In Vancouver’s case most of the cost of the new building is (theoretically) being raised by public donation2, so it’s not like the taxpayer is in for a night of pillow-biting. However, with the Art Gallery far short of reaching its goal it would be a brave, brave man who’d bet that they won’t come calling on government again. $350 million is a huge amount of money, equivalent to 25 years’ ordinary operating expenses, enough to buy ten first-rate art collections at auction with change for the world’s most expensive Rembrandt. This is what we’re comparing that building to.

We are told that the Art Gallery requires a new space because its collection so vastly outstrips the area to display it. This is true of almost every museum in the world but never mind that. It would be unfortunate if world-class pieces were being warehoused because there simply wasn’t wall-space enough. I am gratified to report that is not the case in Vancouver. On any given day when the gallery’s own collection is out probably half of what’s displayed is crap. I don’t mean lousy art, on which opinions may reasonably vary. I mean huge, room-sized empty declarations, things for which sheer scale seems to be half the point, crowding out even modern works3.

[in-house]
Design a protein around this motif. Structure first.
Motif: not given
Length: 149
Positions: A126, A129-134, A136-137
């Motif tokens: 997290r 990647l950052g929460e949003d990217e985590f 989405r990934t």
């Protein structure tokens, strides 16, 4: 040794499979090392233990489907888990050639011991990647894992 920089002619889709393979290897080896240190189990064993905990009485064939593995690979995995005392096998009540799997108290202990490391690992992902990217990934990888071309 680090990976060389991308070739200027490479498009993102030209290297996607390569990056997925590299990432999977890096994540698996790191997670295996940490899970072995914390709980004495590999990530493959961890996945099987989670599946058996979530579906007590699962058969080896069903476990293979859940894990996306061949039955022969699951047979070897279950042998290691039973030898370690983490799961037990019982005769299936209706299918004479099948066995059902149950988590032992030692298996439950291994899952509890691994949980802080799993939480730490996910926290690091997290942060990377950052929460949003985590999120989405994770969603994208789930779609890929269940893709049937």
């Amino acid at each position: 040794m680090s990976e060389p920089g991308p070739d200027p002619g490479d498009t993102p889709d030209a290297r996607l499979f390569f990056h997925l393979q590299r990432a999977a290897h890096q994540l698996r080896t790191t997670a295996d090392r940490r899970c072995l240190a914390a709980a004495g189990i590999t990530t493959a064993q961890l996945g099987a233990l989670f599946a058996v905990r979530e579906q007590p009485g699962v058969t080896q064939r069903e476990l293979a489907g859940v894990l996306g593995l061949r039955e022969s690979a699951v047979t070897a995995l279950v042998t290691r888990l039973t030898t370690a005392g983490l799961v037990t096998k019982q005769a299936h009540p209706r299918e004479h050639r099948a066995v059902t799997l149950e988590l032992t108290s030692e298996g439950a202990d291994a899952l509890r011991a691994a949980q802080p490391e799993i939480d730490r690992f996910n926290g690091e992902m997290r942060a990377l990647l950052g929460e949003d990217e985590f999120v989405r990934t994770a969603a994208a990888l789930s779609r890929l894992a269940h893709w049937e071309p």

Such mundane things as a highway sign – a perfectly ordinary British Columbia highway sign – will use up entire walls. A heavy Emily Carr presence is justified by geography but surely to God nobody needs as much Carr ephemera as has been sprayed willy-nilly across the upper storeys. Orgies of multimedia modernism fill the floors, and I know some people like this kind of thing but they take up supposedly-precious acres. Recently they exhibited a room with videos of people standing around. That is not a metaphor. A recent touring exhibit, Unscrolled, featured some interesting Chinese art plus what was literally “nine hundred-odd stools glued together,” consuming the whole of a room somewhat larger than an average downtown condo. The word “monumental” recurs with dismaying frequency, as in the design of the expensive new buildings meant to house this rubbish.

You will never blow away the taxpayer-funded visual artists “engag[ing] with current debates on the real and its representation” (actual quote), no matter how much I wish you would. However, if you have an alleged space problem, handing out colossal amounts of it to single works which only a minority of potential patrons are interested in seems like bad strategy. It’s particularly bad if it costs you the Art Gallery’s current location, which is bought, paid for, architecturally pleasing, centrally located, easy to access, easy to walk around, near everything a visitor needs to have a nice day, and even has plenty of room in front for local rent-a-Stalinist protesters to complain about Stephen Harper’s bowel movements. Add in the colossal, unmet bill, and the whole project looks positively self-indulgent.

What we have here is a lot of time, effort, space, and money going to create vast ugliness that will hold other vast ugliness. I’m sure a cardboard box heap can be made to look good, but the Art Gallery is the last group I’d bet on to do it.

Ravi Shah via Flickr, CC BY 2.0

Ravi Shah via Flickr, CC BY 2.0